Intel Corp shares rose nearly 4 percent on Wednesday, the day after the chipmaker forecast an upbeat fourth quarter that underscored its strength in emerging markets, and prompted at least seven brokerages to raise their price target on the stock.
On Tuesday, Intel forecast fourth-quarter revenue above Wall Street’s expectations, defying concerns that tablets and a shaky economy are eating into demand for personal computers.
Continued traction in developing economies, along with continued momentum in use of Cloud-related services and Windows 8’s potential will be the catalysts for Intel’s growth in 2012, Robert W. Baird said in a note to clients.
Baird, which maintained its “outperform” rating on Intel, also expects the company to benefit from PC demand in developing economies. It raised its price target on the stock to $32 from $29.
Intel shares were up 3.9 percent at $24.31 in morning Nasdaq trading. Earlier the stock rose to $24.48 — its highest level since 2008.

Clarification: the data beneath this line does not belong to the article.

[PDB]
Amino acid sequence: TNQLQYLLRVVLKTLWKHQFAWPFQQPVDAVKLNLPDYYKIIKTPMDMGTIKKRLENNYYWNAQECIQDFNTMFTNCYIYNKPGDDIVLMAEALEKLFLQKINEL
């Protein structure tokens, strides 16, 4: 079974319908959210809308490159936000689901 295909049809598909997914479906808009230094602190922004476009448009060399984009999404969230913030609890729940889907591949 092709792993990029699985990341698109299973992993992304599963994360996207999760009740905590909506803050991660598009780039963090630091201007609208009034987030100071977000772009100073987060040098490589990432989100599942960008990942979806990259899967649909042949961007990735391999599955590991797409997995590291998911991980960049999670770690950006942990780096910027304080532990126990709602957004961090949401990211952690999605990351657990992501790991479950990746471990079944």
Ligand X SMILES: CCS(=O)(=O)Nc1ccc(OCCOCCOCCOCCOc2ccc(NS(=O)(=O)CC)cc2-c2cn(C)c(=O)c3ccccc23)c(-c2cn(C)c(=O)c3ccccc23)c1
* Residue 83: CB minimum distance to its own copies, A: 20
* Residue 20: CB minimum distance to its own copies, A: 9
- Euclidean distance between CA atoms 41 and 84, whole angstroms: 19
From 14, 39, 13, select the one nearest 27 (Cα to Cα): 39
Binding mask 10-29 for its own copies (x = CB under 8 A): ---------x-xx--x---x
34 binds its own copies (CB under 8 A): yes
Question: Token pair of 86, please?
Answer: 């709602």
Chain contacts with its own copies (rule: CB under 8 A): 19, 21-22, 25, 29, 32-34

Analysts say Intel also benefited from supply shortages at rival Advanced Micro Devices.
JPMorgan analysts said that although Intel’s forecast was above Wall Street estimates, it was below normal seasonality due to a slowdown in Europe and mature markets, and customers maintaining lean inventory levels.
Intel’s processors are used in about 80 percent of the world’s PCs. The company is also promoting Ultrabooks, a new super-thin category of laptops using Intel processors — similar to Apple’s MacBook Air.
As the first-generation Ultrabooks are launched, Intel remains optimistic about their potential and thinks average selling prices can get to as low as $699 a year from now, UBS analyst Maynard Um wrote in a research note.
Early Ultrabook models, meant to combine the best features of tablets and laptops, may seem expensive to consumers, analysts say. But as they get new features, such as touchscreens and “instant on” capability, Intel expects the Ultrabooks to account for 40 percent of the consumer PC market by the end of next year.
The Santa Clara, California-based company also posted third-quarter earnings that beat expectations and said developing countries like China were fueling expansion.
“These results continue to defy industry research estimates for muted PC unit growth,” Stifel analyst Kevin Cassidy said.
In September, research firm Gartner slashed its growth forecast for the global PC market this year to 3.8 percent from 9.3 percent, citing slower economies in Western Europe and the United States.
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